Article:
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Michael DeMar

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About Michael DeMar

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    Evanston, IL
  1. Lisabob, I have heard of this and, in fact, just a few weeks ago my Unit Commissioner gave me the portion of the disappearing packet appropriate for my rank (Cubmaster). My portion of the packet seems to be comprised of fairly up-to-date materials. I don't have a lot of experience with the packet yet (since I just got it), but having read the materials I am looking forward to using it to make sure that our Webelos do cross over into Boy Scouts and not "disappear" from Scouting themselves. Michael
  2. Michael DeMar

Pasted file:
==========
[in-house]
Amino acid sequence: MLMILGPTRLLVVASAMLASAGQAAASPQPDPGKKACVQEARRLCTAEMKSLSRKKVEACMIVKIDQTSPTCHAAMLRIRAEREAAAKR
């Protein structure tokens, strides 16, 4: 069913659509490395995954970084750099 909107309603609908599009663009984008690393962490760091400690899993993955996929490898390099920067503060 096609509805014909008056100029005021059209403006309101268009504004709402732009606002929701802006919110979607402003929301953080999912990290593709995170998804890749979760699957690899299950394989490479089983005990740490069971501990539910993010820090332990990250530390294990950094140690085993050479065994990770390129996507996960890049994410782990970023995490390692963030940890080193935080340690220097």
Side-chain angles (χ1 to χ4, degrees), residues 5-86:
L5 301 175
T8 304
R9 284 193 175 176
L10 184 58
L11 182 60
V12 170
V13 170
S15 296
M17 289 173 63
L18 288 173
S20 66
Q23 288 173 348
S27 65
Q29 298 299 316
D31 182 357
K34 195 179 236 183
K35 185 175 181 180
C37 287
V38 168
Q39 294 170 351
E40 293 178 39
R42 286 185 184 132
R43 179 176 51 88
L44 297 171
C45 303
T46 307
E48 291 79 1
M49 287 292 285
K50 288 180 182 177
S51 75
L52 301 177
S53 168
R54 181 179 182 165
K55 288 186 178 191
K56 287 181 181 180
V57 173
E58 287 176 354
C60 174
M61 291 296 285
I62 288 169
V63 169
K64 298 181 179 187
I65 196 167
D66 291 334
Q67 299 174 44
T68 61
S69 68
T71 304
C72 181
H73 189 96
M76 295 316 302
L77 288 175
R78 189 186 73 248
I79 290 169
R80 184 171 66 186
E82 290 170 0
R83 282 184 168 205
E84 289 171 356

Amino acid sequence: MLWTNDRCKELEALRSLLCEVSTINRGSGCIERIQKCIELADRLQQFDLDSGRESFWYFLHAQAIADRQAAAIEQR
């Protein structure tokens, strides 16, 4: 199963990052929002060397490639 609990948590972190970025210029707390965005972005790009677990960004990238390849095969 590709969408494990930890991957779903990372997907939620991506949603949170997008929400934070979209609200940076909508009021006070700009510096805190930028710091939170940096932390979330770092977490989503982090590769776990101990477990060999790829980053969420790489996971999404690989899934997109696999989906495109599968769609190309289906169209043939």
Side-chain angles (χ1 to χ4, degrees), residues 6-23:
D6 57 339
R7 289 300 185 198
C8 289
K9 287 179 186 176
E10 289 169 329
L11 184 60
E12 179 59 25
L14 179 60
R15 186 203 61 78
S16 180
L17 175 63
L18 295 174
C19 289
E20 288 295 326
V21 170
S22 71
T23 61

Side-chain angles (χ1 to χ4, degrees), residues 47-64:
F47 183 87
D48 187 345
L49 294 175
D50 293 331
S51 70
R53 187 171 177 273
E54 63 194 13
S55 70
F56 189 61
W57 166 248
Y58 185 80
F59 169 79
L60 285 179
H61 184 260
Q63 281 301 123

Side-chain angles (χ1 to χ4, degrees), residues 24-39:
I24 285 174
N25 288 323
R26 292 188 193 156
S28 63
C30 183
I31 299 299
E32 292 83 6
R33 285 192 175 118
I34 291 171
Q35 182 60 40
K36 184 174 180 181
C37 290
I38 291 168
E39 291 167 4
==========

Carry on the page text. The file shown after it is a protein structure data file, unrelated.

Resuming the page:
oldsm wrote: "Does anyone recall a plain dark green necktie as part of the scouter's uniform?" AND "So the green tie did exist. The question no one has answered: Can it still be worn? (Without running afoul of the UP?)" I'm afraid that there is no black or white answer to this question, only shades of grey . . . well, green, actually . . . and khaki. As SWScouter points out, the current Male Leader Uniform Inspection Sheet permits male Scout leaders to wear an "olive leader's tie." So, I guess if by dark green you mean olive drab, then that is OK. Fortunately for me, I found a treasure trove of old BSA-licensed OD neckties at a local Scouting retailer for under $5.00. My wife says that they look "too militaristic," so I haven't worn them yet, but some day I will. I have seen vintage Scout Leader ties on eBay that are more like a dark forest or kelly green. I don't know if you can wear one of those without running afoul of the uniform police (I've never seen OldGreyEagle's advice that any uniform part that was once an official part of the uniform may be worn with the current uniform written down anywhere, so I don't know whether the UP would recognize this as a valid "common law" exception to the 2006 Insignia Code and refrain from issuing you a citation or let you off with just a warning, or what . . . proceed at your own risk). The BSA website's page for Male Cub Scout Leader Uniforms states that male Cub Scout Leaders may wear "an olive or tan dress tie." I'm not sure whether your run-of-the-mill UP officer would even be familiar with this "tan dress tie" loophole, so I advise printing out a copy of this page and keeping it on your person at all times. A while back, I purchased a vintage BSA-licensed tan leader's tie on eBay for around $20.00. I haven't seen them on eBay all that often since that time. I've worn it to a couple of COHs. I got a few puzzled looks, but no comments. Of course, neckties are not official uniform wear for female leaders under any circumstances, so ladies wearing even vintage BSA-licensed olive or tan neckties would run afoul of the UP and would be cited accordingly. Whether this is gender discrimination or it encourages "profiling" on the part of the UP is a topic for another thread!